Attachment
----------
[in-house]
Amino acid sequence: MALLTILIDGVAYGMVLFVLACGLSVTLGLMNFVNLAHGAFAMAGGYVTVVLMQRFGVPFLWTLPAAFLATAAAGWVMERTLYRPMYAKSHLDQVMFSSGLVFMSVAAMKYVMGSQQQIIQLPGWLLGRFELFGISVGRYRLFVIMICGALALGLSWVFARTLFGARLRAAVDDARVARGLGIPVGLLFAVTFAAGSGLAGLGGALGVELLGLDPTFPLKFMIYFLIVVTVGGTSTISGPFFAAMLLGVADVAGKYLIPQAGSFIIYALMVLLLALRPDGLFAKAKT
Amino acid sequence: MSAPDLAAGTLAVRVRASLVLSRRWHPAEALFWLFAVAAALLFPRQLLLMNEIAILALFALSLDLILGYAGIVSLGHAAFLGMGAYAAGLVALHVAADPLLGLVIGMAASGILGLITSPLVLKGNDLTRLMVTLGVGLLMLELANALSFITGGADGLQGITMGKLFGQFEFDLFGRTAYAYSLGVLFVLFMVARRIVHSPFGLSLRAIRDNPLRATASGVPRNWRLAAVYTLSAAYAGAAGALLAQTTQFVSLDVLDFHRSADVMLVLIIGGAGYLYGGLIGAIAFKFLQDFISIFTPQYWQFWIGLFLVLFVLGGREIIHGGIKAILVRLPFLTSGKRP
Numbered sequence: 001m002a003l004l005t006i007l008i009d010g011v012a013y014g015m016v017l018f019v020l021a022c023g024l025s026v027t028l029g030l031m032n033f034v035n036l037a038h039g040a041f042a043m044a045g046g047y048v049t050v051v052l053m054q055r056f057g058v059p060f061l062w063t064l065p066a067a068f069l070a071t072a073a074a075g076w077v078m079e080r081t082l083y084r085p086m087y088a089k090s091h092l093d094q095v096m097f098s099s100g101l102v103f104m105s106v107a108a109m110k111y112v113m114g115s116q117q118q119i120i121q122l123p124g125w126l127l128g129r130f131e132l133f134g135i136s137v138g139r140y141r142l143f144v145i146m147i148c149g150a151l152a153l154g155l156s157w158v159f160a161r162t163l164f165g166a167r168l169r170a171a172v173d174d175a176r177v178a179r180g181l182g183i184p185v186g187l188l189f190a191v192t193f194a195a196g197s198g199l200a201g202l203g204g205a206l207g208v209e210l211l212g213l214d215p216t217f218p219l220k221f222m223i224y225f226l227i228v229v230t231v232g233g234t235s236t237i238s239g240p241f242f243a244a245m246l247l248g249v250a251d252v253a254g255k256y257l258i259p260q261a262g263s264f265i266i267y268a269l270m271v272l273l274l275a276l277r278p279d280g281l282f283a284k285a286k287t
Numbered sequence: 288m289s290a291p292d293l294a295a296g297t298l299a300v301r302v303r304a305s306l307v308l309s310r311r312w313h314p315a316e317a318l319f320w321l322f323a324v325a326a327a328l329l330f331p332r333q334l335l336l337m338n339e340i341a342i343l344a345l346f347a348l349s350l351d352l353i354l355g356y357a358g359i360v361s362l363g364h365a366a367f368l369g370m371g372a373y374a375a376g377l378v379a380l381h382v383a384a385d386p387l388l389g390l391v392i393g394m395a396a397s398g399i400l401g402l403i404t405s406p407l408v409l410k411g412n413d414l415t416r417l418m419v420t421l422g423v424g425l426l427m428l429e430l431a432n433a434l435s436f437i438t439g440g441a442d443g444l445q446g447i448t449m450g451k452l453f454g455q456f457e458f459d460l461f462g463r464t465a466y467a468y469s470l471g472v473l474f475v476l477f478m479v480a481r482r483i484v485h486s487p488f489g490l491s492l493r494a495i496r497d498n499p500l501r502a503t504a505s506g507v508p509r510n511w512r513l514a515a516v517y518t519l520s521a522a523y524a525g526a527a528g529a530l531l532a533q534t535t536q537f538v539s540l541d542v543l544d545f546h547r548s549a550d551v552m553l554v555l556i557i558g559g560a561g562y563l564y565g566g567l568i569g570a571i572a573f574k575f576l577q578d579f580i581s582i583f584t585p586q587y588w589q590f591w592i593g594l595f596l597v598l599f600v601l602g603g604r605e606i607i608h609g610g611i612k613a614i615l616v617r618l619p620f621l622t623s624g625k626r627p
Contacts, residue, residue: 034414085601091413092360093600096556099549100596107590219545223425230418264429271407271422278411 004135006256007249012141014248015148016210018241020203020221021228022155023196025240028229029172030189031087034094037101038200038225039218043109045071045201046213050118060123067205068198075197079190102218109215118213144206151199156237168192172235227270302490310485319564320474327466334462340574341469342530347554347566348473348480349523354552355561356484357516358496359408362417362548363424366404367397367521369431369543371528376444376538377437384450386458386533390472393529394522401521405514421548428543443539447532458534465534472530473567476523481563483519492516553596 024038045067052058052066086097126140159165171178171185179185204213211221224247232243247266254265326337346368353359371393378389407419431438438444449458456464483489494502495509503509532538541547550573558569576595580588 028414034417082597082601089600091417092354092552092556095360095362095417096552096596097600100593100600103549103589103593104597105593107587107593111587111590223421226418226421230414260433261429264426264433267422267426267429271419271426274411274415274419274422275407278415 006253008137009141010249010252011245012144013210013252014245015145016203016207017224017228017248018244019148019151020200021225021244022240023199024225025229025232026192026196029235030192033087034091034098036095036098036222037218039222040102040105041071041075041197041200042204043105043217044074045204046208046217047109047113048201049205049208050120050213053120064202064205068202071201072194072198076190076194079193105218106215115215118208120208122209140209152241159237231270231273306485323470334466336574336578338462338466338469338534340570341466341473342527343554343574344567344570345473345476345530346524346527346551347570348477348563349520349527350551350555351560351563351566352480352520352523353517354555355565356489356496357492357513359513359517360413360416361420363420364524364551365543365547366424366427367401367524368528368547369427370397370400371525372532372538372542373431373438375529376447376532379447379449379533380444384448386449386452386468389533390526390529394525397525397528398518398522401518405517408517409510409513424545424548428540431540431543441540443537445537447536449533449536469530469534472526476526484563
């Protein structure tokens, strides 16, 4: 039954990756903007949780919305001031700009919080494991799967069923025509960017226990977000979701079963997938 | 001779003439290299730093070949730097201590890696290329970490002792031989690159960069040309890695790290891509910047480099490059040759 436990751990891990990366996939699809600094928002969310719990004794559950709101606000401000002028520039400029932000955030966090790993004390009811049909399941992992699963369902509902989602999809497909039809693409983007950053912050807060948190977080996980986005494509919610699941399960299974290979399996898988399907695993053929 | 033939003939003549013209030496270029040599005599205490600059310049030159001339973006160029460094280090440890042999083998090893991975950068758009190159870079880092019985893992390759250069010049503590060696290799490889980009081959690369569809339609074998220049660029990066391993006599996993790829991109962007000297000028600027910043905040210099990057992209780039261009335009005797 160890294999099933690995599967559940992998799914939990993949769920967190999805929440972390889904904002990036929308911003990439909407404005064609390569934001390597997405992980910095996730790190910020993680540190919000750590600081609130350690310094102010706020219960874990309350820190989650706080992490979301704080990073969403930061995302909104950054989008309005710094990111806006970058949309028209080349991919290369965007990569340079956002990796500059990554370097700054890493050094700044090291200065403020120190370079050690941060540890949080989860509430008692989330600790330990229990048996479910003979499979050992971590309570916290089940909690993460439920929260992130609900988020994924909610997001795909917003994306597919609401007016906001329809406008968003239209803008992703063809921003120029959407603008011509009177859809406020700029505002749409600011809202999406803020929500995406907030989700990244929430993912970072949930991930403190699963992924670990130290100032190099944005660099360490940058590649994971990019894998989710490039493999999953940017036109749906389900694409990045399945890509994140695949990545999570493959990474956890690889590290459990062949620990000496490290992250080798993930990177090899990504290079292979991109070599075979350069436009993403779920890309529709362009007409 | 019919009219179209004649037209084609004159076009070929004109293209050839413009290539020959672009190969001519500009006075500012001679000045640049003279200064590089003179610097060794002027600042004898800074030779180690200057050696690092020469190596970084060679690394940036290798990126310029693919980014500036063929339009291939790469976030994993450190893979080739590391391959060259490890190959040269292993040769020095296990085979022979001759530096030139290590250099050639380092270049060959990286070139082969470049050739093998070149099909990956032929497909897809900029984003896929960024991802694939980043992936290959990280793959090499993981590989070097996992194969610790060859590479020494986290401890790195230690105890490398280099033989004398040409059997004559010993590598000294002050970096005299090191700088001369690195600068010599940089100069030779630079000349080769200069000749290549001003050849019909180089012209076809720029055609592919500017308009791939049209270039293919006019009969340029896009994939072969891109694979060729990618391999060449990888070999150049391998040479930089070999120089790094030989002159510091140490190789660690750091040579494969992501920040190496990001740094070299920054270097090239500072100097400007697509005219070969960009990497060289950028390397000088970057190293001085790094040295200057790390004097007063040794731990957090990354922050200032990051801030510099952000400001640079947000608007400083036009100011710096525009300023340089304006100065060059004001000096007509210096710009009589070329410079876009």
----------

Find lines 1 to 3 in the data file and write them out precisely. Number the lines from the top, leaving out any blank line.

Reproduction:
[in-house]
Amino acid sequence: MALLTILIDGVAYGMVLFVLACGLSVTLGLMNFVNLAHGAFAMAGGYVTVVLMQRFGVPFLWTLPAAFLATAAAGWVMERTLYRPMYAKSHLDQVMFSSGLVFMSVAAMKYVMGSQQQIIQLPGWLLGRFELFGISVGRYRLFVIMICGALALGLSWVFARTLFGARLRAAVDDARVARGLGIPVGLLFAVTFAAGSGLAGLGGALGVELLGLDPTFPLKFMIYFLIVVTVGGTSTISGPFFAAMLLGVADVAGKYLIPQAGSFIIYALMVLLLALRPDGLFAKAKT
Amino acid sequence: MSAPDLAAGTLAVRVRASLVLSRRWHPAEALFWLFAVAAALLFPRQLLLMNEIAILALFALSLDLILGYAGIVSLGHAAFLGMGAYAAGLVALHVAADPLLGLVIGMAASGILGLITSPLVLKGNDLTRLMVTLGVGLLMLELANALSFITGGADGLQGITMGKLFGQFEFDLFGRTAYAYSLGVLFVLFMVARRIVHSPFGLSLRAIRDNPLRATASGVPRNWRLAAVYTLSAAYAGAAGALLAQTTQFVSLDVLDFHRSADVMLVLIIGGAGYLYGGLIGAIAFKFLQDFISIFTPQYWQFWIGLFLVLFVLGGREIIHGGIKAILVRLPFLTSGKRP